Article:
Management consulting continued... By 1946, management consulting firms had become increasingly accepted by the business community. The U.S. banking and financial securities acts of the 1930s resulted in massive growth opportunities for professional management firms as they filled the void left by restrictions placed on the activities of bankers and accountants. 

After World War II, the Federal Government brought in consultants from Booz-Allen & Hamilton to reorganize both the Army and the Navy, streamline civilian production, and oversee the rapid expansion of the Federal Administration. Professional consultants went on to implement American management techniques throughout the world. Since other countries hadn't regulated the separation of commercial and investment banking, American firms expanded into Europe in the early 1960s by selling their "know-how" to foreign managers. By the 1970s, McKinsey and Company had decentralized one-quarter of the hundred largest companies in Great Britain.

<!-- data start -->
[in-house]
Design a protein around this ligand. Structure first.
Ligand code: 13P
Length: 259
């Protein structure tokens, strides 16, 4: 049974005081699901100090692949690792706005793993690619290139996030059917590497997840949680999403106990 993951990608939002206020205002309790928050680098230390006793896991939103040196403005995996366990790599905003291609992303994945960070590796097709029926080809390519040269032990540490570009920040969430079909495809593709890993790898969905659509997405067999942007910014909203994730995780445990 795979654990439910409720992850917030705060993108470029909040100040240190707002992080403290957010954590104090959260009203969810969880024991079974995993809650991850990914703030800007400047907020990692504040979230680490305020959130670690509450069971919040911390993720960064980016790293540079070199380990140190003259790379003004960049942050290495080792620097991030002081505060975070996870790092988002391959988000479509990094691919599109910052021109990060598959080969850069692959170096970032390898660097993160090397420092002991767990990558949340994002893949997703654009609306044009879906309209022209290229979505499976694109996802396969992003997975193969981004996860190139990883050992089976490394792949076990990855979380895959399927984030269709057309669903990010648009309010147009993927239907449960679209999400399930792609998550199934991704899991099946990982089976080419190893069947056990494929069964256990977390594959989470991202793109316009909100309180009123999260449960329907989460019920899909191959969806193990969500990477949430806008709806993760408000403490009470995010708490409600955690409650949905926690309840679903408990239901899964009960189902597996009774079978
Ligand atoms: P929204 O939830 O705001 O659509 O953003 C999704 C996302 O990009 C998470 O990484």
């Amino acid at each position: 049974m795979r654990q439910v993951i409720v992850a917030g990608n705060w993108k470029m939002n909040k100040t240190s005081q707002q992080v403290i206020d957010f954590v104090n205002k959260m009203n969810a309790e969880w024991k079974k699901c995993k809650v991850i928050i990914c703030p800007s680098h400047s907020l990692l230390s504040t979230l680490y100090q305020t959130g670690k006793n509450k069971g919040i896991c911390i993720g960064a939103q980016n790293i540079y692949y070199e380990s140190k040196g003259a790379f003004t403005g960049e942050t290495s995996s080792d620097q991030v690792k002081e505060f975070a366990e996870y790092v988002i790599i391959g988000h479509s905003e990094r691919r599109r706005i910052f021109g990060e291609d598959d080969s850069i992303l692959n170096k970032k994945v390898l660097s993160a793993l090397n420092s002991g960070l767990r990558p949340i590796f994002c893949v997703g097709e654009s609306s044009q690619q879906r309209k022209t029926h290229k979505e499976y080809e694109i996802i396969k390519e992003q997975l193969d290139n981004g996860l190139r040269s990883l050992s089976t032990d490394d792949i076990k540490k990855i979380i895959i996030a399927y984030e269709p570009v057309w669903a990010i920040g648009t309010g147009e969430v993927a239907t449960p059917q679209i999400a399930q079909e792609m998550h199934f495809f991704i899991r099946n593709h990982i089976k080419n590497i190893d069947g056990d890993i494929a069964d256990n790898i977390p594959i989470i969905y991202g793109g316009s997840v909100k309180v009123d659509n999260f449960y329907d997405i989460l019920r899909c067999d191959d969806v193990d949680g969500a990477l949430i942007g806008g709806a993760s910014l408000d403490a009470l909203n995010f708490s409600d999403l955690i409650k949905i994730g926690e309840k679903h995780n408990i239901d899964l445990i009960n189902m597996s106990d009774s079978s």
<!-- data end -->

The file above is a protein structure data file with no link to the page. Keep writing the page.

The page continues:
More tomorrow...